Kitty’s experiments: Chronicle of a culinary tragedy

In Australia I was introduced to Adriano Zumbo’s patisserie, famous among other things for his “zumbarons”: a wide selection of macarons in original flavours. As I’d always only tasted the more classic versions offered by Laduree, I couldn’t wait to go adventurous. I picked salty butter caramel, passion fruit, and the one that would have proved my favourite: coconut, green chilli and lavender. I could taste the aromatic bitterness of the lavender, the exotic sweetness of the coconut and the spiciness of the chilli starting from different areas of my mouth and combining together into a whole new, exciting flavour. It was such a clear sensation that I could literally picture in in my head. That was the end: I wanted to recreate the recipe. Not as a macaron, as a cheesecake. Why? Go figure. Maybe because most designers like to take inspiration but not to copy. Nonetheless, it’s been two weeks of researching and planning — and let me tell you, when the jetlag keeps you wide awake at 4 a.m., you have all the time in the world to think about cheesecakes.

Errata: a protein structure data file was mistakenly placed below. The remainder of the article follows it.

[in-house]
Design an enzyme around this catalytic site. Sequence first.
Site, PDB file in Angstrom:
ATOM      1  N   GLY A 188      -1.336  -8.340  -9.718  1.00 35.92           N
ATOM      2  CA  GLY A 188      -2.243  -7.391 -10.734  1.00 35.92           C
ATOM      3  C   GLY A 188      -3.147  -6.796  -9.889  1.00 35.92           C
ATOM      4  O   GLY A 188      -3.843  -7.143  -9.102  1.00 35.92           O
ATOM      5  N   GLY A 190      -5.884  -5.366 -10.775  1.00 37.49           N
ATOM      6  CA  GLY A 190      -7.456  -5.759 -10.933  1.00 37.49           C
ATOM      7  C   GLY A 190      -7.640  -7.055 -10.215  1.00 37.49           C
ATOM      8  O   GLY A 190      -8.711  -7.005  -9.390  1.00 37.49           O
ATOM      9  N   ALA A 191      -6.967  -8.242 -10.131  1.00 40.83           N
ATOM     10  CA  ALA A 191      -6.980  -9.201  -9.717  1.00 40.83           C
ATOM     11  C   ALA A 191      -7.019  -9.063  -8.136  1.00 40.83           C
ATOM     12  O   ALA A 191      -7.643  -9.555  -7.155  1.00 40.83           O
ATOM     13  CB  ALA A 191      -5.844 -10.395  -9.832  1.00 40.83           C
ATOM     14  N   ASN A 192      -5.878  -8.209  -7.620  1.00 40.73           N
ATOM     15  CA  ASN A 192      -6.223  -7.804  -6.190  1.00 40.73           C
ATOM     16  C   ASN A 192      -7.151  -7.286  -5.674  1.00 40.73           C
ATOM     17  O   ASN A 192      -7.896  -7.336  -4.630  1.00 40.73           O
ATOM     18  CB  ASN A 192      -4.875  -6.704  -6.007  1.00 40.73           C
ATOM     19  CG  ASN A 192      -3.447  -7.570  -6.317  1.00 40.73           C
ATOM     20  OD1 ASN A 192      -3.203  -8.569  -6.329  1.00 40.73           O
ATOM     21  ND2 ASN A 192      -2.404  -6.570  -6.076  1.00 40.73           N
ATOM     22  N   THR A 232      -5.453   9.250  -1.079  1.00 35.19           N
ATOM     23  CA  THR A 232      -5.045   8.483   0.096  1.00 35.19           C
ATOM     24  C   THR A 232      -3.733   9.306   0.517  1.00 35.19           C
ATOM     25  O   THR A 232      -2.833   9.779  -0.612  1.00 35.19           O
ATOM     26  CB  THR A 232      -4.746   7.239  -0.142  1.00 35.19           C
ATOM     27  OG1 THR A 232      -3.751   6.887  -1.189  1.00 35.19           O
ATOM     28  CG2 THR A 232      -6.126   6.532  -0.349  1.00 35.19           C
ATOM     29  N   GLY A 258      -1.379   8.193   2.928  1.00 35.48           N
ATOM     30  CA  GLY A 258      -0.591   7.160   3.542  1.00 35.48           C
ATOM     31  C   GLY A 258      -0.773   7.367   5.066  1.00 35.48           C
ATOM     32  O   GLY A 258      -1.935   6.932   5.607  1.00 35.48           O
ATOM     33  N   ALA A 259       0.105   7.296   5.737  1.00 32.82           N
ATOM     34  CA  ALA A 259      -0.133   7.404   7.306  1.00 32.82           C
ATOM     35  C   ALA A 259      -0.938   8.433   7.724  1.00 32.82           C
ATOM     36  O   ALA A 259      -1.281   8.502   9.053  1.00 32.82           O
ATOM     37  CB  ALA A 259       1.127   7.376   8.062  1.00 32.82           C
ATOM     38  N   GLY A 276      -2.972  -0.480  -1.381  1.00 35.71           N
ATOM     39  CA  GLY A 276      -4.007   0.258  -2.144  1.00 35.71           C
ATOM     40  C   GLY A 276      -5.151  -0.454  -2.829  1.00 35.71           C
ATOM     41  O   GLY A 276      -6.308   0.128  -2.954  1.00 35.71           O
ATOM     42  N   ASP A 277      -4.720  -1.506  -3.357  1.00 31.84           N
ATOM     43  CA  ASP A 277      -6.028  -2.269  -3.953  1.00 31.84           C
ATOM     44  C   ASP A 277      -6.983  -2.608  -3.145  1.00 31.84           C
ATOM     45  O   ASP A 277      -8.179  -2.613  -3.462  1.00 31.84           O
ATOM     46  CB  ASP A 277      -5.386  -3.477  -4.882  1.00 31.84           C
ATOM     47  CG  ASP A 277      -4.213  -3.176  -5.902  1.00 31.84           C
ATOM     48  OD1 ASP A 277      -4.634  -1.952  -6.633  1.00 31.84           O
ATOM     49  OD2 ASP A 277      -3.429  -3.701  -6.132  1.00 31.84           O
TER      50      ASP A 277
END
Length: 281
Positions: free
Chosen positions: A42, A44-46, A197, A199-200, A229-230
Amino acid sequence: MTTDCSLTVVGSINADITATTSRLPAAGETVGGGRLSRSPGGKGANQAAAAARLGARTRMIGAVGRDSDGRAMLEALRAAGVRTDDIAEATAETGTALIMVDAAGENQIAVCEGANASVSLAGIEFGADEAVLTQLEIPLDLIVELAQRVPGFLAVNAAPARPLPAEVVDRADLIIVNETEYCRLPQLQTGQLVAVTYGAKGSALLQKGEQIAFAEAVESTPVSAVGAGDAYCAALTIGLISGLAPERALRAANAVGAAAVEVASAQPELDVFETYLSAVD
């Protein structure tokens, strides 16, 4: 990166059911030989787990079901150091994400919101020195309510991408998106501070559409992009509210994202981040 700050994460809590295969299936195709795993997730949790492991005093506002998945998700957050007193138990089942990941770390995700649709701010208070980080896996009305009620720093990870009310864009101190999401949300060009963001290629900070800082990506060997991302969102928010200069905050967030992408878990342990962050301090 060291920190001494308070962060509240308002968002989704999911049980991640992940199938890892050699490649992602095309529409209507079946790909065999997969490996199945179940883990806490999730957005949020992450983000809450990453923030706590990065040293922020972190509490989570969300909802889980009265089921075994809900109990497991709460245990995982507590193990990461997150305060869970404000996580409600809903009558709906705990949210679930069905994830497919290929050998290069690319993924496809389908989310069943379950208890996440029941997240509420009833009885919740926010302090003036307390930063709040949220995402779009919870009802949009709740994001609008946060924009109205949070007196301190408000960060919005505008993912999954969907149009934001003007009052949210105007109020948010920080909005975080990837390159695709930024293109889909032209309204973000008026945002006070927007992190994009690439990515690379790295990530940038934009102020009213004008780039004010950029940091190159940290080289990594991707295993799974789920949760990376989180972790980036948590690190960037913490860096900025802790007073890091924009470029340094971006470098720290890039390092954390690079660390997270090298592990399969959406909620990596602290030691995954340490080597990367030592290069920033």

Once back to England, I picked a recipe for a peach cheesecake that I got from Leiths’ retro baking workshop and started amending it. What follows is the chronicle of my experiment.

7 am.
Did you know that the essence obtained by infusing lavender buds is brown? I should have, but I didn’t. And I am worried about what the filling will look like.
On the plus side, my hands smell amazing.

The lavender essence is camera shy. I tried to photograph it for about 15 minutes, moved it closer to the window, brought it outside, poured it into a transparent jar. I even used two different lenses. Nothing. At some point the focus hooked onto the reflection of a branch in the brown liquid. Below is all I could get. Crazy.

Time to test the ingredients before going into the oven. Singularly, they taste exactly as they should — I can’t stop smuggling spoonfuls of lavender cream into my mouth. But combined together, they seem to neutralise each other with an effectiveness I wouldn’t even have believed possible.

20 minutes into the baking progress, the cheese cream is raising.. is it supposed to? The only time I baked a cheesecake it was at Leiths and they have beautiful professional ovens without windows. I had no idea about what happened there. I’m none the wiser now; the only thing I know is that if it keeps raising it will spill out of the tin. Oh please deflate!

Tragedy strikes: the cheese turned gold on the top.

The final outcome: a bland cheesecake with a coconut crumble that crumbles, and a filling that should taste like lavender but it’s as plain as cream cheese.

The only positive: I have been planning the prop so far in advance [..didn’t I also say that about the cheesecake?] that at least the photo looks nice.